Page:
Treatment Does Not Need to Have Lasting Benefit

Treatment Does Not Need to Have Lasting Benefit

Posted: May, 2001

State ex. rel. Cameruca v. Indus. Comm. (3/20/01), Franklin No. 00AP-1236 (Magistrate’s Decision), adopted by the Court of Appeals on (6/21/01).


Issue: Must an injured worker show a “lasting benefit” resulting from medical treatment to justify authorization of medical services?

Background: Cameruca was injured in 1994. His claim was allowed for sprain neck, sprain thoracic, sprain lumbar, sprain right rotator cuff, right C-6 radiculopathy.

In 1999, his doctor requested authorization to administer trigger point injections every two to four weeks, indefinitely. On the C-9, the doctor wrote that the trigger point injections provided Cameruca symptomatic relief.

The MCO denied the C-9 based on a file review that the requested treatment was not medically indicated. Cameruca appealed through the ADR process. The peer reviewer found that the treatment did not provide continuing or ongoing improvement. Treatment was denied. The BWC file review found no substantial benefit from this treatment and denied treatment. Cameruca appealed.

The DHO denied treatment relying on the two MCO reviews and the BWC review. The DHO found the physicians opined that the treatment did not provide a lasting benefit. Cameruca testified that the injections only provided relief for five or six days at a time. Cameruca appealed. The SHO affirmed that the treatment did not provide any lasting benefit. The Commission refused further appeal.

Cameruca filed a mandamus.

Decision: Magistrate recommends Court of Appeals grant mandamus.

Magistrate finds that the Commission applied an incorrect standard in denying the requested medical services. The Supreme Court in State ex rel. Miller v. Indus. Comm. (1994), 71 Ohio St.3d 229, made a three-pronged test for authorization of medical services:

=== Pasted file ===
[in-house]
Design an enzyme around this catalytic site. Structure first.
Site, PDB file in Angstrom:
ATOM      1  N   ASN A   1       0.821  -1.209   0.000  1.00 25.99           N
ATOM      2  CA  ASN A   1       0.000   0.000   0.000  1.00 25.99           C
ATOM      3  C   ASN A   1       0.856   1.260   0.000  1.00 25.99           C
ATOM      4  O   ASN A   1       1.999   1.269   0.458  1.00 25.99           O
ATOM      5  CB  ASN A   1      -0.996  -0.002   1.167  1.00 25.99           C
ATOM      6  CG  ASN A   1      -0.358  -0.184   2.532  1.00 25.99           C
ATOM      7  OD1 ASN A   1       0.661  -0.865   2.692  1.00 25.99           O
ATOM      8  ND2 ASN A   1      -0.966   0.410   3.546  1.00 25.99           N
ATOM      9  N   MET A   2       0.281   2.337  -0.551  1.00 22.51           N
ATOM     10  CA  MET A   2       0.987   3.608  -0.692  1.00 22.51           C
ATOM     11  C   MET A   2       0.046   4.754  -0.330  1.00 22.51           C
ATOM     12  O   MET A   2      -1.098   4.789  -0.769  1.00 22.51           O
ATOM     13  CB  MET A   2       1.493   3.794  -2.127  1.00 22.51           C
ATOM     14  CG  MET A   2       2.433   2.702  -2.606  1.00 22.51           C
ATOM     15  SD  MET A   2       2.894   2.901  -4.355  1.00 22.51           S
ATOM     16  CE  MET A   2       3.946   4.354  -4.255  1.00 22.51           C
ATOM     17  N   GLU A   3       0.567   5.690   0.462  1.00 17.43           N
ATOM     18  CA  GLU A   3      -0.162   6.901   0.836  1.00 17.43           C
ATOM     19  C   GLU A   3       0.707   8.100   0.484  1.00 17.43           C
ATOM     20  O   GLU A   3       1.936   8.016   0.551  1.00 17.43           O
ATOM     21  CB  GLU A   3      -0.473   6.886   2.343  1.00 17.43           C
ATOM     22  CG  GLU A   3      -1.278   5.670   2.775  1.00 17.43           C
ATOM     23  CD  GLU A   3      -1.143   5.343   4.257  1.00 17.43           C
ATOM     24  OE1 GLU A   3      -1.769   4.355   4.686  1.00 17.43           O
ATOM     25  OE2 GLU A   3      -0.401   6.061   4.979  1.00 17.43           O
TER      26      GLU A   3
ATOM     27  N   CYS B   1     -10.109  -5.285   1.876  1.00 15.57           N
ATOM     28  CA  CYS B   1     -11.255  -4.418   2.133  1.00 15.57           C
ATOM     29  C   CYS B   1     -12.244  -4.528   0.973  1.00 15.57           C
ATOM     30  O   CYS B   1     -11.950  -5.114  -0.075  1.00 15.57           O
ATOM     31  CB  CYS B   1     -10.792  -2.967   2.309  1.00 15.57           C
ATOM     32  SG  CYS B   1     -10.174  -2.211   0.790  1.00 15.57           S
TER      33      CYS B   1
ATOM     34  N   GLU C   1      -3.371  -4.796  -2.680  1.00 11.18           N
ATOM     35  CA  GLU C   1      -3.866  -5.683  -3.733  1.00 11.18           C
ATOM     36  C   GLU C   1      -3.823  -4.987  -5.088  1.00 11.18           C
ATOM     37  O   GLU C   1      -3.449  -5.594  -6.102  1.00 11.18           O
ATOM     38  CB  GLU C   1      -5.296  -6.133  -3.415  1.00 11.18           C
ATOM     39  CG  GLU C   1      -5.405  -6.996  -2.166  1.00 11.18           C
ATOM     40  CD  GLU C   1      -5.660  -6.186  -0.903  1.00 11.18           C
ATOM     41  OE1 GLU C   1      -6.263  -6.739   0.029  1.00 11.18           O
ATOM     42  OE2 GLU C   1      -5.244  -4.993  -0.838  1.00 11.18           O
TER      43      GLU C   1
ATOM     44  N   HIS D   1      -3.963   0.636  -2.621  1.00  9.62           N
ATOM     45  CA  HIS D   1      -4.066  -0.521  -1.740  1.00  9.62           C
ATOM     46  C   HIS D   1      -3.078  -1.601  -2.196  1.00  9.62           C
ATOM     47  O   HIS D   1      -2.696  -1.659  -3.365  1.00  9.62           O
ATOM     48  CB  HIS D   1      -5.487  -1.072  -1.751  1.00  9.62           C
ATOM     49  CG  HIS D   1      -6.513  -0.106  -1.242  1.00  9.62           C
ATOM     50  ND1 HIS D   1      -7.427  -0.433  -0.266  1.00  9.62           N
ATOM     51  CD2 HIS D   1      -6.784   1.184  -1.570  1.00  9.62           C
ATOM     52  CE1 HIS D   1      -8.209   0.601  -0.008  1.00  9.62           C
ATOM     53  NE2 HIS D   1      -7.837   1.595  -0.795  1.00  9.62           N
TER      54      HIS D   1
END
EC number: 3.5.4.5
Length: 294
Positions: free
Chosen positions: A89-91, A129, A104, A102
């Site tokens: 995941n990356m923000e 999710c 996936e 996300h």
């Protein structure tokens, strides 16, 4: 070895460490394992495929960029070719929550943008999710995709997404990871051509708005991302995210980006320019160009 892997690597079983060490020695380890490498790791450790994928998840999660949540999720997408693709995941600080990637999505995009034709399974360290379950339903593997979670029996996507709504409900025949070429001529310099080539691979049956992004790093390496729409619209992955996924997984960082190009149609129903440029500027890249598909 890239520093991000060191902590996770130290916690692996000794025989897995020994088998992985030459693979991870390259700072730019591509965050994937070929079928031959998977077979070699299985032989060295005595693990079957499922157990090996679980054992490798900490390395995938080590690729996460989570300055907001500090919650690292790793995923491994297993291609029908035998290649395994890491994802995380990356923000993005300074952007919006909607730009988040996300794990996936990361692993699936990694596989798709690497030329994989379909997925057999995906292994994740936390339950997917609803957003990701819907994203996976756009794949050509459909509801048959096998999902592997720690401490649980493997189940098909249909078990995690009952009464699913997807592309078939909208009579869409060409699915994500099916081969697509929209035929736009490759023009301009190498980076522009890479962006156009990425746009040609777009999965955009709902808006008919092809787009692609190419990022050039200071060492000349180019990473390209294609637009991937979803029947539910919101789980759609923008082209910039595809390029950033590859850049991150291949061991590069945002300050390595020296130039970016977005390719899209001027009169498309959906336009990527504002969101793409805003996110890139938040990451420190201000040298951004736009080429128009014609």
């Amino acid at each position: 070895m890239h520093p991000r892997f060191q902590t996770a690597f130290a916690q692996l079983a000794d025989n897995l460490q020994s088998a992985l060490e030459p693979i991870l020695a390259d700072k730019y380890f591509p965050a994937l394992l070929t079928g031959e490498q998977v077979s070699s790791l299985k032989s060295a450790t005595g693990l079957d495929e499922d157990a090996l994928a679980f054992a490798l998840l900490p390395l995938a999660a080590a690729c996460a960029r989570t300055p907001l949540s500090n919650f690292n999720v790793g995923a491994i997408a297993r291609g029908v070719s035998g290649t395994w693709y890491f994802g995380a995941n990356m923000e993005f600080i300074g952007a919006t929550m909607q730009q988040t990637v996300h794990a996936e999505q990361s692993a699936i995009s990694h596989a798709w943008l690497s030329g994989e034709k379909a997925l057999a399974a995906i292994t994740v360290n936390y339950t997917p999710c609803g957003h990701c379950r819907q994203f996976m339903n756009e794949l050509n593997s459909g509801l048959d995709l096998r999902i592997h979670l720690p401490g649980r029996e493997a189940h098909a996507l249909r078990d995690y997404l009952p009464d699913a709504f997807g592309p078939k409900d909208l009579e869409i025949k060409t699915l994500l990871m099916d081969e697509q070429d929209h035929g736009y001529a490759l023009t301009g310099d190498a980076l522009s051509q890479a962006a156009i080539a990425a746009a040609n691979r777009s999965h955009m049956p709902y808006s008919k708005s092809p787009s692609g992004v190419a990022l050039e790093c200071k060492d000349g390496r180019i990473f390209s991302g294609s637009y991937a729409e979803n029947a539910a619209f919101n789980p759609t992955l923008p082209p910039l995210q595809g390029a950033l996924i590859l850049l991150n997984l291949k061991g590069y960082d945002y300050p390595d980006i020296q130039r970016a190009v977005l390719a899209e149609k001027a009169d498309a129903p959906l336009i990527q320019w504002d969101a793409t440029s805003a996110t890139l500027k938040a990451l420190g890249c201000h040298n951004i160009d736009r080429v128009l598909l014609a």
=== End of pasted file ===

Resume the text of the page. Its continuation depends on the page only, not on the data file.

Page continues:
1. are the medical services “reasonably related to the industrial injury, that is the allowed conditions”?;
  2. are the services “reasonably necessary for treatment of the industrial injury?”; and
  3. is “the cost of such service . . . medically reasonable”?

The Commission’s primary inquiry involved second prong, the reasonable necessity of treatment and required Cameruca to show a “lasting benefit” to demonstrate reasonable necessity.

The Magistrate finds that an error. The Commission presented no authority for a “no lasting benefit” standard.

The Magistrate says that temporary benefit treatments are routinely applied in medicine. A medical treatment that only produces a temporary benefit can be reasonably necessary to treat an injury. The fact that trigger point injections only provide temporary relief does not render them outside the scope of being reasonably necessary.

The Commission’s reliance on the MCO peer reviewer Dr. H strongly suggests the Commission also based the denial of treatments on the failure of the treatments to show medical improvement.

Magistrate says this was also error. The definition of MMI says that a claimant may need supportive treatment to maintain a level of function even though the claimant is no longer expected to improve. Therefore the Commission’s regulations strongly suggest that a treatment that only maintains a level of function can meet the test of medical necessity.

Editor’s Comment: No objections were filed to the Magistrate’s decision. This decision should be helpful in getting treatment allowed for claimants.

Information courtesy of the Ohio Workers’ Compensation Bulletin. Subscribe to the Ohio Workers’ Compensation Bulletin to keep informed about the Ohio workers’ compensation system.